Yellowstone mystery: Human foot found floating in scalding hot spring — probe launched

Yellowstone: Man walks dangerously close to 'Old Faithful' geyser

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Rangers said that the partial foot was spotted in the Abyss pool, one of the deepest hot springs, at 53 feet, within the Yellowstone hydrothermal system. Temperatures in the waters of the Abyss pool are known to reach a nasty 140F (60C), warm enough to scald flesh within a matter of seconds. The foot, the rangers noted, was still wearing its shoe.

In a statement, the National Park Service said: “An investigation by Yellowstone National Park law enforcement officers is ongoing.

“Evidence from the investigation thus far suggests that an incident involving one individual likely occurred on the morning of July 31, 2022, at Abyss Pool.”

“Currently, the park believes there was no foul play.”

The West Thumb Geyser Basin — within which the Abyss Pool is located — was closed following the grisly discovery.

Yellowstone National Park — which covers some 3,471 square miles of Wyoming, Idaho and Montana — was visited by more than 4.8 million tourists last year.

The National Park Service added: “Visitors are reminded to stay on boardwalks and trails in thermal areas and exercise extreme caution around thermal features.

“The ground in hydrothermal areas is fragile and thin, and there is scalding water just below the surface.”

Yellowstone is home to around ten thousand geothermal features, from hot springs like the Abyss pool to mudpots, steam vents and around half of the world’s active geysers — including the iconic Old Faithful.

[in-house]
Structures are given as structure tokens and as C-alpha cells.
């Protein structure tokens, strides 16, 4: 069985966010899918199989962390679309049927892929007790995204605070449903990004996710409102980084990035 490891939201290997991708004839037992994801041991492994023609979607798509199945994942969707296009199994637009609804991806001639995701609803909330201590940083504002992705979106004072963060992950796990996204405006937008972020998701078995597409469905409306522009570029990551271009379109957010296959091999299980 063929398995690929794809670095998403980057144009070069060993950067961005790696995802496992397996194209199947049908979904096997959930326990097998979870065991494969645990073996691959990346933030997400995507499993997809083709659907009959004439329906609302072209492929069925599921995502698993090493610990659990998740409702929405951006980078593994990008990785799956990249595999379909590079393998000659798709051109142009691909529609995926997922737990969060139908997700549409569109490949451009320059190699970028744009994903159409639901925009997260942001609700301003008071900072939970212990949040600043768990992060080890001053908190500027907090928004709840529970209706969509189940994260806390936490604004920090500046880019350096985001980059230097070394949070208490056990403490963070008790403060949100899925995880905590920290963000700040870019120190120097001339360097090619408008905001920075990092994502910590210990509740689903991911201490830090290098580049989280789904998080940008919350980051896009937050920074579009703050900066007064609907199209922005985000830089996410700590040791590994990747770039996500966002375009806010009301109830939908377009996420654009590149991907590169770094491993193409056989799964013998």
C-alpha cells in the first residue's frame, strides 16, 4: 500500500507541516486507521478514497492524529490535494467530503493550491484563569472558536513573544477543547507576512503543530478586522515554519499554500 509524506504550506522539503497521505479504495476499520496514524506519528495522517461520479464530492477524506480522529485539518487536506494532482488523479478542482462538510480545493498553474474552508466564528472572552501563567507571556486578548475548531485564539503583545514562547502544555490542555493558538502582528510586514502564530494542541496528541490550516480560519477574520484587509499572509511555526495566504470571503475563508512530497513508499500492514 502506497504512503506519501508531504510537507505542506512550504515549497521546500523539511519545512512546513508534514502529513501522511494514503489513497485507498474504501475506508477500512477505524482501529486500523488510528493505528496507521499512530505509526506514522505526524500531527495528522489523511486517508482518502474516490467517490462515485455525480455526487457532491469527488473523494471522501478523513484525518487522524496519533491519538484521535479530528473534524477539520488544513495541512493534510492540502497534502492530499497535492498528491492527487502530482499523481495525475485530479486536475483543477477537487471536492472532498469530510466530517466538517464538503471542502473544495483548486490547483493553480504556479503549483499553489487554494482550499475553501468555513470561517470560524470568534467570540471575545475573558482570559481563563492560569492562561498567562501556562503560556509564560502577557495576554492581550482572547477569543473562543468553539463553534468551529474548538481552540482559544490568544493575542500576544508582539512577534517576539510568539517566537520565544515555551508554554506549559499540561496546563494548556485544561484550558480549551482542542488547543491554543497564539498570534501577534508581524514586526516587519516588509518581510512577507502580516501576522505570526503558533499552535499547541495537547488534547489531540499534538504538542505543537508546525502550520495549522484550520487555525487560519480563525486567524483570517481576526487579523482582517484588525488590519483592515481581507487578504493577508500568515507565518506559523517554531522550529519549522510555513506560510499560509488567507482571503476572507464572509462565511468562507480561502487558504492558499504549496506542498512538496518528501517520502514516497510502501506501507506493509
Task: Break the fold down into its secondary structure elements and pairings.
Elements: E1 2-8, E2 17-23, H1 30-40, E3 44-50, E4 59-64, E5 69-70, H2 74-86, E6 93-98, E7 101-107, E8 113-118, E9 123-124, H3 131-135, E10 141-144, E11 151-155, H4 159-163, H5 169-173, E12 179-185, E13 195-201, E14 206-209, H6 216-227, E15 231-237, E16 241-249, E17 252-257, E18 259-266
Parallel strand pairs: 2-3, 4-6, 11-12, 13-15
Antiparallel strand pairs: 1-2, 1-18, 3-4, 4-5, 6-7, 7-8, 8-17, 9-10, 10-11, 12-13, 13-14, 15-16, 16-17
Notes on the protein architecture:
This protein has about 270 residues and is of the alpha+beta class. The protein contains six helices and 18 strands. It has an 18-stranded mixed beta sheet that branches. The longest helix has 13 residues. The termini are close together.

Yellowstone’s hydrothermal system owes its existence to the magmatic system that lies beneath the surface of the national park.

Rainwater that falls in the area seeps down into the underlying bedrock, to become superheated by the molten rock at depth.

This then rises up to the surface — and, depending on the degree of constriction in the natural plumbing system, either forms explosive geysers, steam vents or hot springs.

Falling into the latter would be excruciating and kill a person in just a matter of minutes, most likely from the shock of the heat rather than the direct organ damage.

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Accidents involving the hydrothermal features of Yellowstone are not without precedent — in fact, more than 20 people are known to have perished as a result of such misadventures.

In June 2016, for example, Colin Nathaniel Scott, 23, of Portland left the safety of the boardwalks and walked 200 years across the Norris Geyser Basin when he fell to his death in a hot spring near the Porkchop Geyser.

Staying on the boardwalks, however, doesn’t ensure safety. In 2006, a six-year-old boy from Utah slipped on a wet plank and fell into hot water that had recently erupted from the West Triplet Geyser, not too far from Old Faithful. He survived, but endured serious burns.

As Yellowstone geologist Hank Heasler notes: “Geothermal attractions are one of the most dangerous natural features in Yellowstone, but I don’t sense that awareness in either visitors or employees.”

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